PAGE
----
Pain as a Messenger
I’m back in Nosara, Costa Rica for another course at Nosara Yoga Institute with Don and Amba Stapleton. I was hit immediately in the first day of training with an important lesson – the body is always in the present. The mind is free to wander between the past and future, but the body is here now. In this way, the body acts as a critical messenger, and sometimes that message comes in the form of pain.
My body has sent me many messages over the years – the most dramatic of those were a heart attack, a knee surgery that involved nine months of recovery (and still flares up), and a sharp pain that travels between my left shoulder and back of my neck. Our tendency is to either avoid pain at all costs and try to mask it or treat the symptoms, or believe the adage “no pain, no gain.” However, avoiding pain completely, or pushing the body to the point where you are desensitized to pain are not sustainable reactions.
Don spoke about slowing down to allow the sensations in the body to arise, notice if the pain changes or moves, and explore whether the pain originates in a self-concept or emotional memory. Reframe the experience of pain as a messenger to restore balance in the body rather than a punishment. Many of the movements we have learned this past week have caused discomfort in my body, but I have done my best to stick with them in faith that all of the opening and releasing is exactly what I need to let go of the stress of to do lists and seeking achievement that I have been carrying. Rather than “proving” my worth via achievement, I must recognize that I am worthy just as I am. Otherwise, this pain in my neck and shoulder is not likely to subside no matter how many massages I get, or chiropractic appointments I schedule.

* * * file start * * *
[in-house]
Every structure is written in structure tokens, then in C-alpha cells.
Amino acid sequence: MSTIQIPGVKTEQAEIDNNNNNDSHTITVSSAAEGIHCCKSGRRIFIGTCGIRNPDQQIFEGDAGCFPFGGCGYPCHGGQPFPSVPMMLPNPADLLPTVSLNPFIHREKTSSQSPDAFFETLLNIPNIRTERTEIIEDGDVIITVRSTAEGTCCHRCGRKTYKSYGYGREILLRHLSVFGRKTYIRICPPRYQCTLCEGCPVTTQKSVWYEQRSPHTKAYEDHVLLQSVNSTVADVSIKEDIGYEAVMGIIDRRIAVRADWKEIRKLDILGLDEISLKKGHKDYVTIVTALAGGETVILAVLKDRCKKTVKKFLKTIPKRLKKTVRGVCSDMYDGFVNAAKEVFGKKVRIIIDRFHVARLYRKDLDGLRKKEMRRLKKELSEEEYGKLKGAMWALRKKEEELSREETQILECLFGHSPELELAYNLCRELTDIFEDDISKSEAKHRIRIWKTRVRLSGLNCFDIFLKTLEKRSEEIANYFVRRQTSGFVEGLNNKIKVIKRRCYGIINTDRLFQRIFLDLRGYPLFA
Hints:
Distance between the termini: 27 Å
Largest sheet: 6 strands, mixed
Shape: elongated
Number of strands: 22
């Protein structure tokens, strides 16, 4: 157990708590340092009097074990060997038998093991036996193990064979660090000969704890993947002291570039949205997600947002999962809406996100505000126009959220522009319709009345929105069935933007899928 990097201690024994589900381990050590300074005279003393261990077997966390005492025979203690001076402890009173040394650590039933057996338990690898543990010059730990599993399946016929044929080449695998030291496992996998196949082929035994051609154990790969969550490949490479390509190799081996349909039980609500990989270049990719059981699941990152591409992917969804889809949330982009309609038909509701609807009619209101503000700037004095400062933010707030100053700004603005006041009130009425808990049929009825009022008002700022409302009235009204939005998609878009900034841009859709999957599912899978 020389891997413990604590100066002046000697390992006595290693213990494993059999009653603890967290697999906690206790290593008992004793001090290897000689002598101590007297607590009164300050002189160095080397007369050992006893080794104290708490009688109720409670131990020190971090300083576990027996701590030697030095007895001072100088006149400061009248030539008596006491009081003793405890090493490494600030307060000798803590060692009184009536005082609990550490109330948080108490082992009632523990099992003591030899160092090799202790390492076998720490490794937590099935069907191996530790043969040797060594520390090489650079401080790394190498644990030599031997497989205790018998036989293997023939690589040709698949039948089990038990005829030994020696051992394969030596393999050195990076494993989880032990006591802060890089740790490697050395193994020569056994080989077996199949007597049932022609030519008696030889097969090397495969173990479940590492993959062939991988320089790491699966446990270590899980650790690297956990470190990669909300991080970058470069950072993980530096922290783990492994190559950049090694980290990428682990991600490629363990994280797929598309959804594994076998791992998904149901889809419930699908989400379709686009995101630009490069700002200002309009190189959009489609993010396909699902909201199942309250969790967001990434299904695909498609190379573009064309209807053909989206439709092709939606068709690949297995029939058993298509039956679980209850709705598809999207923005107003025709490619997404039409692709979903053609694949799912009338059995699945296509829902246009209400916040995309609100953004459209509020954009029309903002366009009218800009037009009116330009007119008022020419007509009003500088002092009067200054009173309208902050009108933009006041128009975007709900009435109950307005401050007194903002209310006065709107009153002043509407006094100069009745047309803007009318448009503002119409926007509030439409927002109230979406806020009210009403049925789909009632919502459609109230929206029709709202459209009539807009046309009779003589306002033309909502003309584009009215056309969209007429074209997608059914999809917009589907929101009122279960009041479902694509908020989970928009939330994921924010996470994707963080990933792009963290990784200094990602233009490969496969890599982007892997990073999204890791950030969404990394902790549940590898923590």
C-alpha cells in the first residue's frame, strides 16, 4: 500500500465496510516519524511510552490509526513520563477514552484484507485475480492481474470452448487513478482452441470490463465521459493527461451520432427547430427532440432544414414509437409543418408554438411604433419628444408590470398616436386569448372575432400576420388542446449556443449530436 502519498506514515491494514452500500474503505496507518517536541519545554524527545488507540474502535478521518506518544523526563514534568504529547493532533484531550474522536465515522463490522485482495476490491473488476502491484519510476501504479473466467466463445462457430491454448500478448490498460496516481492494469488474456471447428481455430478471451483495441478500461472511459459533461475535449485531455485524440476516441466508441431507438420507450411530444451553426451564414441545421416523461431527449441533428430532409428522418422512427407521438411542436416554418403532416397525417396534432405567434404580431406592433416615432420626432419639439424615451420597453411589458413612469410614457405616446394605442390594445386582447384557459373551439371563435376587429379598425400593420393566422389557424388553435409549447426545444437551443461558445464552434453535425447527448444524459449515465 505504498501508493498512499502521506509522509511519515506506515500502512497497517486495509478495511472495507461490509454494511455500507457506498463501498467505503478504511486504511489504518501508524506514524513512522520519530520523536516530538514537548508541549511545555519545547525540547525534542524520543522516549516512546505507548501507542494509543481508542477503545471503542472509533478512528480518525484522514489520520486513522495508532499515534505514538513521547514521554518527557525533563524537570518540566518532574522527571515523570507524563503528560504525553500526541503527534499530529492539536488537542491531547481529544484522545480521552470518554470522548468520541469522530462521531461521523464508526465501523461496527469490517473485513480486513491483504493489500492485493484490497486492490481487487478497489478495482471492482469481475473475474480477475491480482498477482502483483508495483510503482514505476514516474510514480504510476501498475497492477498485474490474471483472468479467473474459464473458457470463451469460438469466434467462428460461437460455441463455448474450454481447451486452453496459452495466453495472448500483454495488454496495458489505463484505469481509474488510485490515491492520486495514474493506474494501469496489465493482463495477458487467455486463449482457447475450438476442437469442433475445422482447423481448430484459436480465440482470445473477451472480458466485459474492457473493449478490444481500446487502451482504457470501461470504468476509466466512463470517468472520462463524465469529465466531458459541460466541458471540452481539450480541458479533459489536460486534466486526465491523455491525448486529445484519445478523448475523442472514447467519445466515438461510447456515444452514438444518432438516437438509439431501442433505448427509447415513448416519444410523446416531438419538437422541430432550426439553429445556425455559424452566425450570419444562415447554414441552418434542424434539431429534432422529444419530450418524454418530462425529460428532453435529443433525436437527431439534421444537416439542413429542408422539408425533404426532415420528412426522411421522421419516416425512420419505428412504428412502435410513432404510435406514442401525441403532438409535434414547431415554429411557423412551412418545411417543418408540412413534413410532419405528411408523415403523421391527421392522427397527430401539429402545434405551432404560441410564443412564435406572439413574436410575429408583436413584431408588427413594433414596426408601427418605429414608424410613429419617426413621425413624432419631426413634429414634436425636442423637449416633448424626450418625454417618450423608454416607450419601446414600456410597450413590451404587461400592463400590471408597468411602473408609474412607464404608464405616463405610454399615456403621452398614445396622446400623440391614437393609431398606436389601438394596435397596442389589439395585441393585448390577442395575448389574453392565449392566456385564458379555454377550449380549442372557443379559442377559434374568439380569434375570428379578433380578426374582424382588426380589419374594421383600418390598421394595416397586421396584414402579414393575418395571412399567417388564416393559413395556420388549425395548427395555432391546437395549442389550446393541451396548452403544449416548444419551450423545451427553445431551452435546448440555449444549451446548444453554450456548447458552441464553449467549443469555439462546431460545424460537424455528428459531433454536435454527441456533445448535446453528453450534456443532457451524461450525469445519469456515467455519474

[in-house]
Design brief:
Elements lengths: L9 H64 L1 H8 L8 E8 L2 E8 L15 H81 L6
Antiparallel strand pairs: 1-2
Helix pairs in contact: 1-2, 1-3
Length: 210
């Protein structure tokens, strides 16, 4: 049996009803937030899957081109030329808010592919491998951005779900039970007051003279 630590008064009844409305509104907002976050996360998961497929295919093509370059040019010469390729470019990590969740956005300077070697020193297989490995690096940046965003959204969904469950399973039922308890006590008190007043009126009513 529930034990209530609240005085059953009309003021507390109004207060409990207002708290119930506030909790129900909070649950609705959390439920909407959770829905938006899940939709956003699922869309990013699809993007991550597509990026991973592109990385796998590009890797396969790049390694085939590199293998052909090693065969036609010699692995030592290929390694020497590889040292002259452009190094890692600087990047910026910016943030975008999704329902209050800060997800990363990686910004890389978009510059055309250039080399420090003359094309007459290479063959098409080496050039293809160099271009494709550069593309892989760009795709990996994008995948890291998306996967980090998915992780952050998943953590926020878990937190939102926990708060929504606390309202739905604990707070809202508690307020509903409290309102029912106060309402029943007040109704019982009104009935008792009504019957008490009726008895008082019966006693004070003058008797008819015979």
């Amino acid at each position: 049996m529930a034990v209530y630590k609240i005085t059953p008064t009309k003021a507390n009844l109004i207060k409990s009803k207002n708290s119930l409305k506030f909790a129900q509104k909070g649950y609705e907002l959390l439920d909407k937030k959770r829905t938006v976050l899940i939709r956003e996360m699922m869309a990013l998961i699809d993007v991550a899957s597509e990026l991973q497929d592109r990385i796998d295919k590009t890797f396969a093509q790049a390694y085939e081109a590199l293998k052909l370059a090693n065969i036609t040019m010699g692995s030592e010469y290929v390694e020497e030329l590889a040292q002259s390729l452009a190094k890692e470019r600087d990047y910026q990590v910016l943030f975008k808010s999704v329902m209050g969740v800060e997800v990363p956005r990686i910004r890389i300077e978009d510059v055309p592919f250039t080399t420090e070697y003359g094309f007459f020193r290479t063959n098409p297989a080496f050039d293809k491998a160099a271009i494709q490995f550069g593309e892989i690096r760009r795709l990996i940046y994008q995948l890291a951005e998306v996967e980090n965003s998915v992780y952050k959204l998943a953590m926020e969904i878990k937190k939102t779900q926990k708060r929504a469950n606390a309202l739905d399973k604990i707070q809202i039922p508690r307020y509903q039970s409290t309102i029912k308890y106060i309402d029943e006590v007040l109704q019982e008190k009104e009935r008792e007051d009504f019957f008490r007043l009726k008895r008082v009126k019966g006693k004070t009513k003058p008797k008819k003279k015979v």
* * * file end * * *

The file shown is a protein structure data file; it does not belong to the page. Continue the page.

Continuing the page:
Over the years, I’ve come to understand the messages from my body as an indication that I need to slow down so that I can change paths in order to pursue my purpose and the things that are healthy for me. Pressing pause allows me to recognize when I am caught in a pattern of doing rather than being. Changing our habitual patterns takes time and patience, and the lesson will keep appearing until we listen. It takes the time it takes for the movement inquiry to reveal the message, and we must slow down to be able to observe and fully listen. The fact that I keep falling asleep during many of the Self Awakening Yoga flows is a good indication that my body is tired and is loving this opportunity to be still. The pain that I feel is a sign of the much needed release from the stress that I have created for myself.
Each time I return here to Nosara Yoga Institute, it seems that the content of the class is written just for me at that particular time in my life – not only what I need at the moment, but also what I am ready to hear. I’ve explored some deeply held beliefs and scars, and allowed myself to dig deeper and feel into the discomfort and pain so that I could heal. This time I must take the message to slow down - stop doing and start being – to heart and keep it with me when I return home.